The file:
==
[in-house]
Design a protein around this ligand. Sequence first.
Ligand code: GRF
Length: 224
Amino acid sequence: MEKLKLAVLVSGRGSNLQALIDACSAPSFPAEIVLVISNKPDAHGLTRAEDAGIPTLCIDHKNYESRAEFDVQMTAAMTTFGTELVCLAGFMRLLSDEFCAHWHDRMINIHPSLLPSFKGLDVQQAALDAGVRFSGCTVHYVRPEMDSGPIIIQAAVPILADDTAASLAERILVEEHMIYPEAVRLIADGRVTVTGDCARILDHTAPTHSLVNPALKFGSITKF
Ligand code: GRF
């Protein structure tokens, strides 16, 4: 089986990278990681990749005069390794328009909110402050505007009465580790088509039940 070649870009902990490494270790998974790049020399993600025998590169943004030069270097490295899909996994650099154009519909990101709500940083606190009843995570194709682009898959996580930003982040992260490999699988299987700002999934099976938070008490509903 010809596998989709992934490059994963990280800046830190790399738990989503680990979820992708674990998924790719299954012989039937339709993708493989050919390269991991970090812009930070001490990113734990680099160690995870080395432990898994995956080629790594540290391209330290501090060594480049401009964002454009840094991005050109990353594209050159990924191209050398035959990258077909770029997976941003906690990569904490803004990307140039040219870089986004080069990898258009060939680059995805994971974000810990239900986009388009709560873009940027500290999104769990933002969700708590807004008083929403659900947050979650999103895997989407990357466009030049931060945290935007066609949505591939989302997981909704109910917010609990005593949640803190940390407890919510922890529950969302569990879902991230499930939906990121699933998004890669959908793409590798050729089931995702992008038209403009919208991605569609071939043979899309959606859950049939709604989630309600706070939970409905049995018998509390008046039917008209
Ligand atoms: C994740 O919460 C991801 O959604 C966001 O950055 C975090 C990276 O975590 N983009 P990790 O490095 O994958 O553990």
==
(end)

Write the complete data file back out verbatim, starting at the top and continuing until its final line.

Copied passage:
[in-house]
Design a protein around this ligand. Sequence first.
Ligand code: GRF
Length: 224
Amino acid sequence: MEKLKLAVLVSGRGSNLQALIDACSAPSFPAEIVLVISNKPDAHGLTRAEDAGIPTLCIDHKNYESRAEFDVQMTAAMTTFGTELVCLAGFMRLLSDEFCAHWHDRMINIHPSLLPSFKGLDVQQAALDAGVRFSGCTVHYVRPEMDSGPIIIQAAVPILADDTAASLAERILVEEHMIYPEAVRLIADGRVTVTGDCARILDHTAPTHSLVNPALKFGSITKF
Ligand code: GRF
């Protein structure tokens, strides 16, 4: 089986990278990681990749005069390794328009909110402050505007009465580790088509039940 070649870009902990490494270790998974790049020399993600025998590169943004030069270097490295899909996994650099154009519909990101709500940083606190009843995570194709682009898959996580930003982040992260490999699988299987700002999934099976938070008490509903 010809596998989709992934490059994963990280800046830190790399738990989503680990979820992708674990998924790719299954012989039937339709993708493989050919390269991991970090812009930070001490990113734990680099160690995870080395432990898994995956080629790594540290391209330290501090060594480049401009964002454009840094991005050109990353594209050159990924191209050398035959990258077909770029997976941003906690990569904490803004990307140039040219870089986004080069990898258009060939680059995805994971974000810990239900986009388009709560873009940027500290999104769990933002969700708590807004008083929403659900947050979650999103895997989407990357466009030049931060945290935007066609949505591939989302997981909704109910917010609990005593949640803190940390407890919510922890529950969302569990879902991230499930939906990121699933998004890669959908793409590798050729089931995702992008038209403009919208991605569609071939043979899309959606859950049939709604989630309600706070939970409905049995018998509390008046039917008209
Ligand atoms: C994740 O919460 C991801 O959604 C966001 O950055 C975090 C990276 O975590 N983009 P990790 O490095 O994958 O553990």